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Math Help - Exponential Function

  1. #1
    mathnerd1993
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    Exclamation Exponential Function

    Over past 2 decades, # of computers in schools has been increasing. The data shows the # of students per computer in U.S public schools. Assume that eventually, there will be 1 student per computer.

    School year=Students per computer
    1983-84= 125
    1984-85= 75
    1985-86= 50
    1986-87= 37
    1987-88= 32
    1988-89= 25
    1989-90= 22
    1990-91= 20
    1991-92= 18
    1992-93= 16
    1993-94= 14
    1994-95= 10.5
    1995-96= 10
    1996-97= 7.8
    1997-98= 6.1
    1998-99= 5.7
    1999-2000= 5.4

    a. Find an exponential function in the form y=abxthat models the data. Let x be the number of school years after the 1983-84 school year.

    Here is how I worked the problem:
    y=y b(x-x)
    (x,y)=(1, 75)
    (x,x)=(0, 125)
    75=125b1-0
    .6=b
    y=125(.6)x

    Did I solve this question right?
    ~thanks!
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  2. #2
    Forum Admin topsquark's Avatar
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    Quote Originally Posted by mathnerd1993 View Post
    Over past 2 decades, # of computers in schools has been increasing. The data shows the # of students per computer in U.S public schools. Assume that eventually, there will be 1 student per computer.

    School year=Students per computer
    1983-84= 125
    1984-85= 75
    1985-86= 50
    1986-87= 37
    1987-88= 32
    1988-89= 25
    1989-90= 22
    1990-91= 20
    1991-92= 18
    1992-93= 16
    1993-94= 14
    1994-95= 10.5
    1995-96= 10
    1996-97= 7.8
    1997-98= 6.1
    1998-99= 5.7
    1999-2000= 5.4

    a. Find an exponential function in the form y=abxthat models the data. Let x be the number of school years after the 1983-84 school year.

    Here is how I worked the problem:
    y=y b(x-x)
    (x,y)=(1, 75)
    (x,x)=(0, 125)
    75=125b1-0
    .6=b
    y=125(.6)x

    Did I solve this question right?
    ~thanks!
    A model y=abx is a linear model, not exponential. An exponential model would be of the form y = ax^b or y = ae^{bx}. I would recommend doing a regression fit using the second form.

    Exponential regression can be done on a calculator, if the calculator has the correct package. But we can "massage" the data a little to get it into a form where we can do a linear regression to get the coefficients a and b.

    Given the equation y = ae^{bx}, take the natural logartithm of both sides:
    ln(y) = ln(a) + bx

    or
    ln(y) = bx + ln(a)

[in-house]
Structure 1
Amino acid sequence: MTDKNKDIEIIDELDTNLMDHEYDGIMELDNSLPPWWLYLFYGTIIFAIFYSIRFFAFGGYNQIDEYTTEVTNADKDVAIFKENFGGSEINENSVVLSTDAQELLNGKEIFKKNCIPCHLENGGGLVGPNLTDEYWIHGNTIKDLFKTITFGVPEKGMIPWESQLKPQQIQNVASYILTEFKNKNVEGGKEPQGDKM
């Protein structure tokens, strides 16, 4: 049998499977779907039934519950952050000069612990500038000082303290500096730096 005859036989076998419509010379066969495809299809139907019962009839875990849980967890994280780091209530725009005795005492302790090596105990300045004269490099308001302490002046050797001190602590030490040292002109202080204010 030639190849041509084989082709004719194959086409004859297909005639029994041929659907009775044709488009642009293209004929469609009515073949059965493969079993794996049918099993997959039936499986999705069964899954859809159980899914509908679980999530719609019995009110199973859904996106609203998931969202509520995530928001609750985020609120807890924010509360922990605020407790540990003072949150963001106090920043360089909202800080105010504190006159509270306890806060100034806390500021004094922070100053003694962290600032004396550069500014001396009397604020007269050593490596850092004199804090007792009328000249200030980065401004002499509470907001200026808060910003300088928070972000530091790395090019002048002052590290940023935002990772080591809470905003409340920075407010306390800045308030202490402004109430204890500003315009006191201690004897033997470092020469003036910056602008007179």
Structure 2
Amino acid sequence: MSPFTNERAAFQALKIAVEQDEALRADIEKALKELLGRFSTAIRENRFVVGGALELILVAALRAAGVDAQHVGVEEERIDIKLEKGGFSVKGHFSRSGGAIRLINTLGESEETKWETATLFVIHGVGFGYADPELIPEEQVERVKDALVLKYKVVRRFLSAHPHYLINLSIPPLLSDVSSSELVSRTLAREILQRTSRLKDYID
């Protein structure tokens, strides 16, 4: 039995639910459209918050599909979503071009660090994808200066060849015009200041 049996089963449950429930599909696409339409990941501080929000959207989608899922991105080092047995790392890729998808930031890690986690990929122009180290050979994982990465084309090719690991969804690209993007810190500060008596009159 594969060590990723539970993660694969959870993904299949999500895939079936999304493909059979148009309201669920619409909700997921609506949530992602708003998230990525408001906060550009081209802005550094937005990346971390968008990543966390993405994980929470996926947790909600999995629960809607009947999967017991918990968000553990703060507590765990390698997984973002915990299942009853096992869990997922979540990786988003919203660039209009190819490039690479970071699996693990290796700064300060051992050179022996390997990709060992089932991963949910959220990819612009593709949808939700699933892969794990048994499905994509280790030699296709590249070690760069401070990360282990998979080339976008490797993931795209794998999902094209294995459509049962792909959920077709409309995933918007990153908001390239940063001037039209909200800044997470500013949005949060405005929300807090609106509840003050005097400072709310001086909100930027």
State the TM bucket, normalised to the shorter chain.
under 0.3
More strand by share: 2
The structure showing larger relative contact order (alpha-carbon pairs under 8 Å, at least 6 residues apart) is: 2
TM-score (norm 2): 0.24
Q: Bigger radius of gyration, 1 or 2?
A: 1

This is now in the form: Y = MX + B (a line) where Y = ln(y), M = b, and B = ln(a)

    So do the following to your data set: (I am setting the year '83 - '84 to be x = 1)
    1, ln(125)
    2, ln(75)
    3, ln(50)
    .
    .
    .

    Do a linear regression on this data. You'll get values M for the slope and B for the intercept.

    Then your value for a will be a = e^B and your value for b will be b = M.

    (I got a = 90.93000 and b = -0.17638 using the model y = ae^{bx}. The correlation coefficient was 0.96 or so, indicating a good fit.)

    -Dan
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  3. #3
    Global Moderator

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    I assume you need to use least squares to do this. I do not think the homework was intended by hand. I used computer software to get,
    y=76.22 \cdot \exp (-.1764 x)
    The when I told the program to find a power approximation it said "Abnormal Program Termination" and it crashed. I lost the picture thus you will not be able to see it. I believe when I does the solution it takes logarithsm and a negative logarithm appears somewhere which causes it to crash.
    Where x is the amount of years passed.
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  4. #4
    Grand Panjandrum
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    Quote Originally Posted by ThePerfectHacker View Post
    I assume you need to use least squares to do this. I do not think the homework was intended by hand. I used computer software to get,
    y=76.22 \cdot \exp (-.1764 x)
    The when I told the program to find a power approximation it said "Abnormal Program Termination" and it crashed. I lost the picture thus you will not be able to see it. I believe when I does the solution it takes logarithsm and a negative logarithm appears somewhere which causes it to crash.
    Where x is the amount of years passed.
    Taking logs of the number of computers will help in that linear regression
    can then be used which can be done by hand or with a spreadsheet.

    The problem is that a power law is incompatible with the number of
    computers per student tending to 1.

    Also plotting best fit curves indicates that the data do not fit a simple
    power law very well.

    There are other objections to this question but I think these two will do
    for a start.

    RonL
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